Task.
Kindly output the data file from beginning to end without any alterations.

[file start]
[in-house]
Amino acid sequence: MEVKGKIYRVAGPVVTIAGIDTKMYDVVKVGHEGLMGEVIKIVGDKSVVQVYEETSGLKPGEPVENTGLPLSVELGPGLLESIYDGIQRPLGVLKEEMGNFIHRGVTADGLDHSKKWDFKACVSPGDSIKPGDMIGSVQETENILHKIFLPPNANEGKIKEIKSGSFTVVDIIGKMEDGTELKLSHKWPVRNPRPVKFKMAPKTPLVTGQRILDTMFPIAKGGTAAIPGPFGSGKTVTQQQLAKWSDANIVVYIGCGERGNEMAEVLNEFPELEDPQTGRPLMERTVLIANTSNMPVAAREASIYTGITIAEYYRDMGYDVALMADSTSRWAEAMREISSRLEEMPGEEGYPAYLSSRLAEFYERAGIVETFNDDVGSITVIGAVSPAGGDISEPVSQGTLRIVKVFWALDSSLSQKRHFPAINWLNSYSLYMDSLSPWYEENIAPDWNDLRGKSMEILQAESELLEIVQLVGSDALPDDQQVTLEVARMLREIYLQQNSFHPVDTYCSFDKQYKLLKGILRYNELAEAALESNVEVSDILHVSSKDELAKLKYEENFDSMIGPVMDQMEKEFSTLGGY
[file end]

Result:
[in-house]
Amino acid sequence: MEVKGKIYRVAGPVVTIAGIDTKMYDVVKVGHEGLMGEVIKIVGDKSVVQVYEETSGLKPGEPVENTGLPLSVELGPGLLESIYDGIQRPLGVLKEEMGNFIHRGVTADGLDHSKKWDFKACVSPGDSIKPGDMIGSVQETENILHKIFLPPNANEGKIKEIKSGSFTVVDIIGKMEDGTELKLSHKWPVRNPRPVKFKMAPKTPLVTGQRILDTMFPIAKGGTAAIPGPFGSGKTVTQQQLAKWSDANIVVYIGCGERGNEMAEVLNEFPELEDPQTGRPLMERTVLIANTSNMPVAAREASIYTGITIAEYYRDMGYDVALMADSTSRWAEAMREISSRLEEMPGEEGYPAYLSSRLAEFYERAGIVETFNDDVGSITVIGAVSPAGGDISEPVSQGTLRIVKVFWALDSSLSQKRHFPAINWLNSYSLYMDSLSPWYEENIAPDWNDLRGKSMEILQAESELLEIVQLVGSDALPDDQQVTLEVARMLREIYLQQNSFHPVDTYCSFDKQYKLLKGILRYNELAEAALESNVEVSDILHVSSKDELAKLKYEENFDSMIGPVMDQMEKEFSTLGGY